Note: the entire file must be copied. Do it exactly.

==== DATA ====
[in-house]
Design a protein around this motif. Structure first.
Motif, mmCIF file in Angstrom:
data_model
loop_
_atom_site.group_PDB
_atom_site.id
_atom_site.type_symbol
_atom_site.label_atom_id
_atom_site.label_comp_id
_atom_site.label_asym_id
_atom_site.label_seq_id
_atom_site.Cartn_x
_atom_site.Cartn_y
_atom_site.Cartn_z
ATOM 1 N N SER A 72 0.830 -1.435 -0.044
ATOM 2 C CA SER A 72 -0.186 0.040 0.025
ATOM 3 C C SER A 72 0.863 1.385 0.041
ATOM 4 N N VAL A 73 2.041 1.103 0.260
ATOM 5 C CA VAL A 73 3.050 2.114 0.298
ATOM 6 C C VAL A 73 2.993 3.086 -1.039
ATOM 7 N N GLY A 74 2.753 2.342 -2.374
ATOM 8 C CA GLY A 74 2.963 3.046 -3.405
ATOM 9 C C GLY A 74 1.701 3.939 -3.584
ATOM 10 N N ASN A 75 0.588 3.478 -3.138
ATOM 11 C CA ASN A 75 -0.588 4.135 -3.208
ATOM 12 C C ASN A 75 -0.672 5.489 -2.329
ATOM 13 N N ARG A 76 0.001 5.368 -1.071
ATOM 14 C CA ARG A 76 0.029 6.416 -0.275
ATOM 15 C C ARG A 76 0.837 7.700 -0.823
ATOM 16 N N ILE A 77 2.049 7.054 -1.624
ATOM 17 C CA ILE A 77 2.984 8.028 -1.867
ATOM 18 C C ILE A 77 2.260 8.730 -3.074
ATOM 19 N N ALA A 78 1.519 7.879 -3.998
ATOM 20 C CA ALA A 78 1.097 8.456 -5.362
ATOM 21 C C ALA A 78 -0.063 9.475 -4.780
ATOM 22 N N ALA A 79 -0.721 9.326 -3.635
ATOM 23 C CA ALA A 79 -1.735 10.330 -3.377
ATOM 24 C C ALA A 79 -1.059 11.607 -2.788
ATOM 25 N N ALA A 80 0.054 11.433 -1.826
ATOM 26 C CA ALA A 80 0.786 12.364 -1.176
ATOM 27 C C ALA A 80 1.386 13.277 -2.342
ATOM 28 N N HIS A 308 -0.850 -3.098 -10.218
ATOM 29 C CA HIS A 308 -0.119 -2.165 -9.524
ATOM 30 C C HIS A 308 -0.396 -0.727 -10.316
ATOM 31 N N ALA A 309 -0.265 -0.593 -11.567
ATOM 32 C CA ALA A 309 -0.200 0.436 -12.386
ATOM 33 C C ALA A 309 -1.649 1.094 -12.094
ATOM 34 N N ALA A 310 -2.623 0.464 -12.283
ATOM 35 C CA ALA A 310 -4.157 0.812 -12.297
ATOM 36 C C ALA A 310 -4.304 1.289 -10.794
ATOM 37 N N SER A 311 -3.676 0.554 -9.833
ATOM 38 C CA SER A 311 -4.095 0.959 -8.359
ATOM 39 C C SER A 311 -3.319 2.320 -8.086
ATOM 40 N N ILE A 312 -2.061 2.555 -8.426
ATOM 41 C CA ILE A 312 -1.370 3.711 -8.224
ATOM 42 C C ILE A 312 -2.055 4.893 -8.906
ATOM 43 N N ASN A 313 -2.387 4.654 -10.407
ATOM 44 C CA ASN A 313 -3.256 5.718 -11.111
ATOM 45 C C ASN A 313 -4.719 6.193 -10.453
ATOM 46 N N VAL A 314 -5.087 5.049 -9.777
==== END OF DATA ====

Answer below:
[in-house]
Design a protein around this motif. Structure first.
Motif, mmCIF file in Angstrom:
data_model
loop_
_atom_site.group_PDB
_atom_site.id
_atom_site.type_symbol
_atom_site.label_atom_id
_atom_site.label_comp_id
_atom_site.label_asym_id
_atom_site.label_seq_id
_atom_site.Cartn_x
_atom_site.Cartn_y
_atom_site.Cartn_z
ATOM 1 N N SER A 72 0.830 -1.435 -0.044
ATOM 2 C CA SER A 72 -0.186 0.040 0.025
ATOM 3 C C SER A 72 0.863 1.385 0.041
ATOM 4 N N VAL A 73 2.041 1.103 0.260
ATOM 5 C CA VAL A 73 3.050 2.114 0.298
ATOM 6 C C VAL A 73 2.993 3.086 -1.039
ATOM 7 N N GLY A 74 2.753 2.342 -2.374
ATOM 8 C CA GLY A 74 2.963 3.046 -3.405
ATOM 9 C C GLY A 74 1.701 3.939 -3.584
ATOM 10 N N ASN A 75 0.588 3.478 -3.138
ATOM 11 C CA ASN A 75 -0.588 4.135 -3.208
ATOM 12 C C ASN A 75 -0.672 5.489 -2.329
ATOM 13 N N ARG A 76 0.001 5.368 -1.071
ATOM 14 C CA ARG A 76 0.029 6.416 -0.275
ATOM 15 C C ARG A 76 0.837 7.700 -0.823
ATOM 16 N N ILE A 77 2.049 7.054 -1.624
ATOM 17 C CA ILE A 77 2.984 8.028 -1.867
ATOM 18 C C ILE A 77 2.260 8.730 -3.074
ATOM 19 N N ALA A 78 1.519 7.879 -3.998
ATOM 20 C CA ALA A 78 1.097 8.456 -5.362
ATOM 21 C C ALA A 78 -0.063 9.475 -4.780
ATOM 22 N N ALA A 79 -0.721 9.326 -3.635
ATOM 23 C CA ALA A 79 -1.735 10.330 -3.377
ATOM 24 C C ALA A 79 -1.059 11.607 -2.788
ATOM 25 N N ALA A 80 0.054 11.433 -1.826
ATOM 26 C CA ALA A 80 0.786 12.364 -1.176
ATOM 27 C C ALA A 80 1.386 13.277 -2.342
ATOM 28 N N HIS A 308 -0.850 -3.098 -10.218
ATOM 29 C CA HIS A 308 -0.119 -2.165 -9.524
ATOM 30 C C HIS A 308 -0.396 -0.727 -10.316
ATOM 31 N N ALA A 309 -0.265 -0.593 -11.567
ATOM 32 C CA ALA A 309 -0.200 0.436 -12.386
ATOM 33 C C ALA A 309 -1.649 1.094 -12.094
ATOM 34 N N ALA A 310 -2.623 0.464 -12.283
ATOM 35 C CA ALA A 310 -4.157 0.812 -12.297
ATOM 36 C C ALA A 310 -4.304 1.289 -10.794
ATOM 37 N N SER A 311 -3.676 0.554 -9.833
ATOM 38 C CA SER A 311 -4.095 0.959 -8.359
ATOM 39 C C SER A 311 -3.319 2.320 -8.086
ATOM 40 N N ILE A 312 -2.061 2.555 -8.426
ATOM 41 C CA ILE A 312 -1.370 3.711 -8.224
ATOM 42 C C ILE A 312 -2.055 4.893 -8.906
ATOM 43 N N ASN A 313 -2.387 4.654 -10.407
ATOM 44 C CA ASN A 313 -3.256 5.718 -11.111
ATOM 45 C C ASN A 313 -4.719 6.193 -10.453
ATOM 46 N N VAL A 314 -5.087 5.049 -9.777